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Samsung's latest smart fridge has cameras and a huge display

Samsung's latest smart fridge

One of the highlights of CES is always the wacky new appliance tech (and associated bickering) from Samsung and LG. This year looks to be no exception thanks to a new "Family Hub" refrigerator from Samsung. The imposing-looking model is equipped with a 21.5-inch, 1080p monitor and cameras inside so that you can watch your mayonnaise go bad in real time. You can even check the contents remotely via a smartphone app to see what's in there while you're shopping, in case you forgot whether you need that jar of sweet pickles or not.

The fridge will let you know when you need to buy certain foods, tell you if they're on sale and even let you order them, at least in Korea. The screen, of course, displays web pages, recipes and more. You can micro-manage your family's food intake through the smartphone app and leave notes and messages on the screen, while a pair of door-mounted speakers lets you chill (sorry) with your favorite radio station. Finally, the whole thing functions as a hub to control connected objects from SmartThings and other companies. Samsung hasn't said when it's coming or for how much, but it'll no doubt launch in Korea well before it ever comes here. We'll chase it down and have more hands-on info later in the week.

Source: www.engadget.com 

Emoji Keyboards put ghosts and smiling poop at your fingertips

Emoji Keyboards

By Rich McCormick

As humanity evolves, we find more efficient ways to communicate. Grunting led to talking, which led to writing, which led to letters. We put those letters down with giant feather quills, then with printing presses, then with small plastic keys, and sent them out into the world first as bound books, as telegrams, and as emails. But it's only now, in space year 2015, that we've truly understood our ultimate form of communication — emoji.

But although emoji — crying faces, smiling poops, and levitating businessmen — clearly represent the superior method of transmitting human thoughts, feelings, and opinions, the way we access them is flawed. Searching through ever-expanding collections of miniature pictures to find the perfect eggplant, umbrella, or snowman to succinctly express your emotions is tricky. At least it is, if you don't have one of EmojiWorks' new Emoji Keyboards.

The company opened pre-orders for its Bluetooth Emoji Keyboards yesterday, offering the wireless chiclet devices in one of three varieties. The vanilla Emoji Keyboard gives you one pictorial reaction per key for a total of 47 common emoji. The Emoji Keyboard Plus ups this to two per character, also unlocking skin tone modifiers in the process, while the Emoji Keyboard Pro stacks three emoji on most keys for easy access to more than 120 icons. EmojiWorks says that each of the models come with the latest emoji — yes, including the taco — and will work with Mac OS X, iOS, and Windows on tablets, laptops, and dekstops. The keyboard is also capable of typing regular characters, just in case you're one of those squares who hasn't yet adapted to the emoji future.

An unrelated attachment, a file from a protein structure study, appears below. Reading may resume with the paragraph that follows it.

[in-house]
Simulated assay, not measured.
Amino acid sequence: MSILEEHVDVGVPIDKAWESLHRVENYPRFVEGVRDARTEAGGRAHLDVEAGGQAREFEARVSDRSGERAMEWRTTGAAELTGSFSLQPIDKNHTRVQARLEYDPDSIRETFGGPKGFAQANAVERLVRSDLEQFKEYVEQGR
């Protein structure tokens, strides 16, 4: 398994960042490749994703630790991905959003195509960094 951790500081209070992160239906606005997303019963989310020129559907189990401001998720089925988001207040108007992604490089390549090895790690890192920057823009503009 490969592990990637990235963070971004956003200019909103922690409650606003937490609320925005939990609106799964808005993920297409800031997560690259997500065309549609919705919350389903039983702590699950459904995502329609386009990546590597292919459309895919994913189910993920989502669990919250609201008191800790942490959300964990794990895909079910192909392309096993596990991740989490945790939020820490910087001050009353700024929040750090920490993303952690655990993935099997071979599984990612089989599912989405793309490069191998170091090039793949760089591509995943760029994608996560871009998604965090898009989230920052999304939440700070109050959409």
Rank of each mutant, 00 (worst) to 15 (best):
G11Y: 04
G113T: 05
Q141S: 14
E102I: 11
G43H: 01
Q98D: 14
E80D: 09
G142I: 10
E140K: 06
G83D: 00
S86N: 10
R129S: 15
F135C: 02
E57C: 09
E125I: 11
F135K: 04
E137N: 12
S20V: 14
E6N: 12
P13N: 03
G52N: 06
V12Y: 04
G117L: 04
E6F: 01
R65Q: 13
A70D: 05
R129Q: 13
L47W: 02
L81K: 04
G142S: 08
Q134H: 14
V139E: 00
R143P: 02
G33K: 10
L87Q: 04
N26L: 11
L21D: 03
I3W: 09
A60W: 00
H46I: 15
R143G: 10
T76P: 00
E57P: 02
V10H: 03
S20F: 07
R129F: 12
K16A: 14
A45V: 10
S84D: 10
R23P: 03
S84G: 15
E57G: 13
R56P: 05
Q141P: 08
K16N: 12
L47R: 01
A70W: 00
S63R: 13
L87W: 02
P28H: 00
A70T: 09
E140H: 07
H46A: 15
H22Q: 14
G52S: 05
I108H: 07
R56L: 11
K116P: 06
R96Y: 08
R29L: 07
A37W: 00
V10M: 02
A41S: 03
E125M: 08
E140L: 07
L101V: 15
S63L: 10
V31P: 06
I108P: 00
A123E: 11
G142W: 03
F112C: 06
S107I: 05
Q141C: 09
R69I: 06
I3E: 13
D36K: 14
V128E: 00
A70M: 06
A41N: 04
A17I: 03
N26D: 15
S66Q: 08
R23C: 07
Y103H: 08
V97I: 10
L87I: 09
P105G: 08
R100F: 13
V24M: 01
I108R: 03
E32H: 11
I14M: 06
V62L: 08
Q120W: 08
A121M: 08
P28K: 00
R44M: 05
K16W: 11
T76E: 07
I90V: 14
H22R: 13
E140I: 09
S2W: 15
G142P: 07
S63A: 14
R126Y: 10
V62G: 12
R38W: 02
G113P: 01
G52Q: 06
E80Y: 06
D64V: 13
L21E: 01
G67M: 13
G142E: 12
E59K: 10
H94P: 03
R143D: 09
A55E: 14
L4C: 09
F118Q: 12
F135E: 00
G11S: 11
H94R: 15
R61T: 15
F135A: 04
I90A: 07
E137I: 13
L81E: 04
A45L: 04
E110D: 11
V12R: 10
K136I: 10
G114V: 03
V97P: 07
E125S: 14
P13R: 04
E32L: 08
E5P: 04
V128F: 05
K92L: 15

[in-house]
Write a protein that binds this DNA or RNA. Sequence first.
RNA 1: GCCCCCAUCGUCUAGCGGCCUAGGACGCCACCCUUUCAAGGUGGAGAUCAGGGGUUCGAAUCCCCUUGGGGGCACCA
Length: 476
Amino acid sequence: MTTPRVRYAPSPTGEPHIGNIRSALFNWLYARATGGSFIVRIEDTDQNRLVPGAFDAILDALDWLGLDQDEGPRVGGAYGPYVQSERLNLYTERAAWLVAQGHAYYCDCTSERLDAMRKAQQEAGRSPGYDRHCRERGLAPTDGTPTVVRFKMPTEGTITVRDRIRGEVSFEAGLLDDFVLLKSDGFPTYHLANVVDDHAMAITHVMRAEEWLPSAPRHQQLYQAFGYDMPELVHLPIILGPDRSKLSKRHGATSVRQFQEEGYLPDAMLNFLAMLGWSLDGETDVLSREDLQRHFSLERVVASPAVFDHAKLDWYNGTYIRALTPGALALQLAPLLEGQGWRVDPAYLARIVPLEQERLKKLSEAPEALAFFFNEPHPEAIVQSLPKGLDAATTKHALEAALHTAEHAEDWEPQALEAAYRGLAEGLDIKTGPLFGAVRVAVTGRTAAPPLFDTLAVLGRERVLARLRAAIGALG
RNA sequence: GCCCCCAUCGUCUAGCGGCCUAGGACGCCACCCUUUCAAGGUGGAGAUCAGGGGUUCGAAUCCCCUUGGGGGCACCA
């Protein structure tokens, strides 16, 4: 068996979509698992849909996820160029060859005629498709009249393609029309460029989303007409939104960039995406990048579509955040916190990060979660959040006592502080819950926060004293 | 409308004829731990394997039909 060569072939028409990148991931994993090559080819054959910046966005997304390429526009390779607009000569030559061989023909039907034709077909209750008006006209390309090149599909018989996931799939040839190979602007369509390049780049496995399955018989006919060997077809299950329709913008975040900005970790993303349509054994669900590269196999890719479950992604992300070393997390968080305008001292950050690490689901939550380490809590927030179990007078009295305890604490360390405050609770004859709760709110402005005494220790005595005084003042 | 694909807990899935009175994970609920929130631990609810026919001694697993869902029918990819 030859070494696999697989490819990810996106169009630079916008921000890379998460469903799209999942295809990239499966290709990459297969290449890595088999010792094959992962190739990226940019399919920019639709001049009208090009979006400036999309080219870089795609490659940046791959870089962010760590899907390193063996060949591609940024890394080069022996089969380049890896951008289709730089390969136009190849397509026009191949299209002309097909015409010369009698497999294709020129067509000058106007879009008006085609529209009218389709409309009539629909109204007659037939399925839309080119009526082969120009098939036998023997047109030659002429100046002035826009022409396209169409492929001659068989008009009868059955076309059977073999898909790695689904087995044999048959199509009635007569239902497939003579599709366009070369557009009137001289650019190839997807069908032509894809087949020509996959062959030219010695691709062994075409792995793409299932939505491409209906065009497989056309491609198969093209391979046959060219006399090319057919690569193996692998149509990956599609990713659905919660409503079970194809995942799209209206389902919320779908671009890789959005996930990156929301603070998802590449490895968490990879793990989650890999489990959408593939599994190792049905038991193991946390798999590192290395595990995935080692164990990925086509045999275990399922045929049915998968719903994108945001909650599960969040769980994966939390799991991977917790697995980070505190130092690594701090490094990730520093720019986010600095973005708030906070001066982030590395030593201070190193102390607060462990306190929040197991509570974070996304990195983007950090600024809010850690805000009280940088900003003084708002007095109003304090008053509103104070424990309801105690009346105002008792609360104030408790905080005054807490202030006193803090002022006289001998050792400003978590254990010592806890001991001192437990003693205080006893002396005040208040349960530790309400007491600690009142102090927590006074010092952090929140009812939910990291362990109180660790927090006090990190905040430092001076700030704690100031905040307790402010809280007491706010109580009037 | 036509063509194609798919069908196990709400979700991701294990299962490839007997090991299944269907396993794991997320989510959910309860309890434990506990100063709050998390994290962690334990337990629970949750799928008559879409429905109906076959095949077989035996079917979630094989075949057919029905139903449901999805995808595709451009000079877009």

THE KEYBOARDS CAN ALSO TYPE IN REGULAR ENGLISH CHARACTERS

The lowest tier Emoji Keyboard is available for pre-order at $79.95, with the Emoji Keyboard Plus at $89.95 and the Pro weighing in at $99.95. Note that you'll also need two AAA batteries to power the small keyboard, and will have to install EmojiWorks' own software in order to transform your keystrokes into actual emoji on screen when the pre-orders ship out in December.

Source: www.theverge.com

Small Investors To Fund Small Businesses On Internet Sites

John Ydstie

By John Ydstie

The idea of crowdfunding, raising money from lots of people on the Internet, got a boost from Washington on Friday. The Securities and Exchange Commission approved a system that allows small businesses and startups to solicit funding from small investors.

This is not Kickstarter where people just give money to individuals or businesses to support a great idea or product and get nothing in return, except maybe a thank you. What the SEC approved is a system where small businesses and startups can seek investors, to buy their shares or give them a loan, on a regulated Internet portal.

Let's say you own a hardware store in a small town and you want to expand. You might use your customer mailing list to alert the community that you want to build another store in the next town over. You would put your business plan and financial information on the Internet portal, or a website run by an investment firm, and investors could go online and with a click of a button invest in your business.

Right now only qualified investors with high incomes or a high net worth are allowed to do this kind of crowdfund investing. But the system approved by the SEC would allow people of modest means to invest up to 10 percent of their income or net worth, which ever is lower, each year.

Some consumer watchdogs argue it's a bad idea to allow people of modest means, who may be financially unsophisticated, to invest in this way — especially since the majority of startups fail and investors could lose some or all of their money. We'll see. The system will be up and running around the middle of next year.

Source: www.npr.org

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